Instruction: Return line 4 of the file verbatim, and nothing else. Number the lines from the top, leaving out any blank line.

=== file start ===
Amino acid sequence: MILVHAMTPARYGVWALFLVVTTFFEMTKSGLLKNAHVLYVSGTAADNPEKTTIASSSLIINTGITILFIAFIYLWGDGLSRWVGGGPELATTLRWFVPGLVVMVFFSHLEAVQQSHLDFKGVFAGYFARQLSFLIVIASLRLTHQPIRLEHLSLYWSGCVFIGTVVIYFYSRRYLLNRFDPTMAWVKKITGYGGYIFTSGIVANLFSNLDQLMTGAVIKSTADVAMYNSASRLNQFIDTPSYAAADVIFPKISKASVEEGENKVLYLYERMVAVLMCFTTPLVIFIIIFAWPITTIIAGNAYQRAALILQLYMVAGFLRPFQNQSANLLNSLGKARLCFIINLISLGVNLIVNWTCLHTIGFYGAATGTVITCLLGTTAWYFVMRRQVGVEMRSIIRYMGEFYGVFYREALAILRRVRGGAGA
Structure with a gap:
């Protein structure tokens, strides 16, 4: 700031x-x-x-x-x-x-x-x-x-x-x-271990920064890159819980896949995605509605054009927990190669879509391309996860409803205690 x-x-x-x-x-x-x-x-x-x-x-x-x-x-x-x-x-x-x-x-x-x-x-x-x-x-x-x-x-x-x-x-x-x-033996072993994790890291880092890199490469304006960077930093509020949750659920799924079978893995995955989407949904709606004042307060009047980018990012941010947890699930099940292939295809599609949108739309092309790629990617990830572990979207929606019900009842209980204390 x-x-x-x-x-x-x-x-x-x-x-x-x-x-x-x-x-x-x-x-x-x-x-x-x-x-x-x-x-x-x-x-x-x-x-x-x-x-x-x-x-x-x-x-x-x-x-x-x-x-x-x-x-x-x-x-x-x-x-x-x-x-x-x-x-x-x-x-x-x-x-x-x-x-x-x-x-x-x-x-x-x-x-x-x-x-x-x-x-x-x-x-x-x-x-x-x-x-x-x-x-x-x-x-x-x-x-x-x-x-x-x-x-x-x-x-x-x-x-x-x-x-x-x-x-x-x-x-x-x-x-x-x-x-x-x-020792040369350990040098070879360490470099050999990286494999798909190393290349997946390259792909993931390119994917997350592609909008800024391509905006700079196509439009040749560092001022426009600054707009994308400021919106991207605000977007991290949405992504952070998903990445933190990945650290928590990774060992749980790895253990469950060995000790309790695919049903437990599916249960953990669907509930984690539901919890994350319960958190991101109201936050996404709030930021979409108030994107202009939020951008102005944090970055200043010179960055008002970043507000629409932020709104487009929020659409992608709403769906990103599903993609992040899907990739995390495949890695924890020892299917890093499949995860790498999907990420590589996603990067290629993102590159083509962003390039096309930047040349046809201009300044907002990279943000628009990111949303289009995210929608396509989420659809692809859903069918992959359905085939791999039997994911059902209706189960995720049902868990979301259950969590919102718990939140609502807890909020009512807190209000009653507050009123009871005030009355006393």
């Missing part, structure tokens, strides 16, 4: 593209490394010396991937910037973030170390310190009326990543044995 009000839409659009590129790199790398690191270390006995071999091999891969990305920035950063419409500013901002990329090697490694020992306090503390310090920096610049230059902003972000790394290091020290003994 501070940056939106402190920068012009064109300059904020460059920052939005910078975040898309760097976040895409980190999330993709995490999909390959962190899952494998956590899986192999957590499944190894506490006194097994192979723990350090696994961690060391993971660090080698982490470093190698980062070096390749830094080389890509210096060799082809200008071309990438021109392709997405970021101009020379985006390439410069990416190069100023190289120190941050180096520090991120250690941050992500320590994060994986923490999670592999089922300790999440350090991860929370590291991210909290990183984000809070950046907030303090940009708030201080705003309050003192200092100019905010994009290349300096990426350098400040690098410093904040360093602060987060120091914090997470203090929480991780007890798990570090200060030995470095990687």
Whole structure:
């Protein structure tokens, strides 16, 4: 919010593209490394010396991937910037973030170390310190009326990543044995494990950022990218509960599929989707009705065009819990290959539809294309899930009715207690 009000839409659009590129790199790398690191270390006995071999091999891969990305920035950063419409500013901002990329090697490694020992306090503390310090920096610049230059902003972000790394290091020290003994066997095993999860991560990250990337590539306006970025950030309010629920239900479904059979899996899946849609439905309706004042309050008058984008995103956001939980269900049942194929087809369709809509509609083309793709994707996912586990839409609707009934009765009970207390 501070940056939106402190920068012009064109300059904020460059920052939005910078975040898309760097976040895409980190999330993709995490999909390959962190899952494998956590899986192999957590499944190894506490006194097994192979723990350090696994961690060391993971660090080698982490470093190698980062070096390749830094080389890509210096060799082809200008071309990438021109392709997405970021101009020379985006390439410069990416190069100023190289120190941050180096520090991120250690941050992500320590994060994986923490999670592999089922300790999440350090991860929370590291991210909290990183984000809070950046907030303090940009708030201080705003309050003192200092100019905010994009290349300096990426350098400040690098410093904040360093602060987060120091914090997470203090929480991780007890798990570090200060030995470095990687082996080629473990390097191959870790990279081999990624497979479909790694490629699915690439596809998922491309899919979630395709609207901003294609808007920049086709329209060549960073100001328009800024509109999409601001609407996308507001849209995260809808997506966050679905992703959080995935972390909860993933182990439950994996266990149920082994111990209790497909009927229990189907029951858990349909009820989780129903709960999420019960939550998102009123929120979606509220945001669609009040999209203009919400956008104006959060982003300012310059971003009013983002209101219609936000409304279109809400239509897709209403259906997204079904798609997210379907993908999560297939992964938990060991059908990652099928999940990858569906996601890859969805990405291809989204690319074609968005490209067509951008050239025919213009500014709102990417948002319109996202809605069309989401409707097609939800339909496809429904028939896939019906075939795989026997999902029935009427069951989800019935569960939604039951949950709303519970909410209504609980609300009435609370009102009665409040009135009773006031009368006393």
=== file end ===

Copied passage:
């Missing part, structure tokens, strides 16, 4: 593209490394010396991937910037973030170390310190009326990543044995 009000839409659009590129790199790398690191270390006995071999091999891969990305920035950063419409500013901002990329090697490694020992306090503390310090920096610049230059902003972000790394290091020290003994 501070940056939106402190920068012009064109300059904020460059920052939005910078975040898309760097976040895409980190999330993709995490999909390959962190899952494998956590899986192999957590499944190894506490006194097994192979723990350090696994961690060391993971660090080698982490470093190698980062070096390749830094080389890509210096060799082809200008071309990438021109392709997405970021101009020379985006390439410069990416190069100023190289120190941050180096520090991120250690941050992500320590994060994986923490999670592999089922300790999440350090991860929370590291991210909290990183984000809070950046907030303090940009708030201080705003309050003192200092100019905010994009290349300096990426350098400040690098410093904040360093602060987060120091914090997470203090929480991780007890798990570090200060030995470095990687």